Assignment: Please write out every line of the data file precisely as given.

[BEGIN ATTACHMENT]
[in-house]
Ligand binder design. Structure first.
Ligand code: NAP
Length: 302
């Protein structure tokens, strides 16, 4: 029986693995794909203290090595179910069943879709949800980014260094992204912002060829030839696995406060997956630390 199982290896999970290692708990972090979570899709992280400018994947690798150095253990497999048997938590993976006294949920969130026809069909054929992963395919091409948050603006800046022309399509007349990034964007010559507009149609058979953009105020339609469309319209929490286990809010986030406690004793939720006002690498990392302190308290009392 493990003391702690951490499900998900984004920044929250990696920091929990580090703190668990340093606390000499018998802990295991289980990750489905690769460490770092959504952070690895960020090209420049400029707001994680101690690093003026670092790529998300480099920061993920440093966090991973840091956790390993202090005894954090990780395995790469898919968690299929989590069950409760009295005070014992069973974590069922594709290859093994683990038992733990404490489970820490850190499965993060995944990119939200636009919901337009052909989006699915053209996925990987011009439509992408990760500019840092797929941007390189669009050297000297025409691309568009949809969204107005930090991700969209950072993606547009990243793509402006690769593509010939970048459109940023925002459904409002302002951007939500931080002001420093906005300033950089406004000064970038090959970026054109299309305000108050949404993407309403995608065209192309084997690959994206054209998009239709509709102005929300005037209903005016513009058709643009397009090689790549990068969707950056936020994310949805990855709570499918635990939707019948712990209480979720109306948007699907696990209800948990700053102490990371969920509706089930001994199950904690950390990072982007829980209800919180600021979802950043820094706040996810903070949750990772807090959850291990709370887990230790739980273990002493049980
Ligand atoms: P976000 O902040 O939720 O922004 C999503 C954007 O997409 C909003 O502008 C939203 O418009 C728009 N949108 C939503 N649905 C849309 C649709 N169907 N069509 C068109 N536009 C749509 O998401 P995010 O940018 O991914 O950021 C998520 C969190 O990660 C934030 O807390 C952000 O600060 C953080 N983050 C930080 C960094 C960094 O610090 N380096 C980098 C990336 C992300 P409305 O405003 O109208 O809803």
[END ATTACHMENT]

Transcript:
[in-house]
Ligand binder design. Structure first.
Ligand code: NAP
Length: 302
């Protein structure tokens, strides 16, 4: 029986693995794909203290090595179910069943879709949800980014260094992204912002060829030839696995406060997956630390 199982290896999970290692708990972090979570899709992280400018994947690798150095253990497999048997938590993976006294949920969130026809069909054929992963395919091409948050603006800046022309399509007349990034964007010559507009149609058979953009105020339609469309319209929490286990809010986030406690004793939720006002690498990392302190308290009392 493990003391702690951490499900998900984004920044929250990696920091929990580090703190668990340093606390000499018998802990295991289980990750489905690769460490770092959504952070690895960020090209420049400029707001994680101690690093003026670092790529998300480099920061993920440093966090991973840091956790390993202090005894954090990780395995790469898919968690299929989590069950409760009295005070014992069973974590069922594709290859093994683990038992733990404490489970820490850190499965993060995944990119939200636009919901337009052909989006699915053209996925990987011009439509992408990760500019840092797929941007390189669009050297000297025409691309568009949809969204107005930090991700969209950072993606547009990243793509402006690769593509010939970048459109940023925002459904409002302002951007939500931080002001420093906005300033950089406004000064970038090959970026054109299309305000108050949404993407309403995608065209192309084997690959994206054209998009239709509709102005929300005037209903005016513009058709643009397009090689790549990068969707950056936020994310949805990855709570499918635990939707019948712990209480979720109306948007699907696990209800948990700053102490990371969920509706089930001994199950904690950390990072982007829980209800919180600021979802950043820094706040996810903070949750990772807090959850291990709370887990230790739980273990002493049980
Ligand atoms: P976000 O902040 O939720 O922004 C999503 C954007 O997409 C909003 O502008 C939203 O418009 C728009 N949108 C939503 N649905 C849309 C649709 N169907 N069509 C068109 N536009 C749509 O998401 P995010 O940018 O991914 O950021 C998520 C969190 O990660 C934030 O807390 C952000 O600060 C953080 N983050 C930080 C960094 C960094 O610090 N380096 C980098 C990336 C992300 P409305 O405003 O109208 O809803």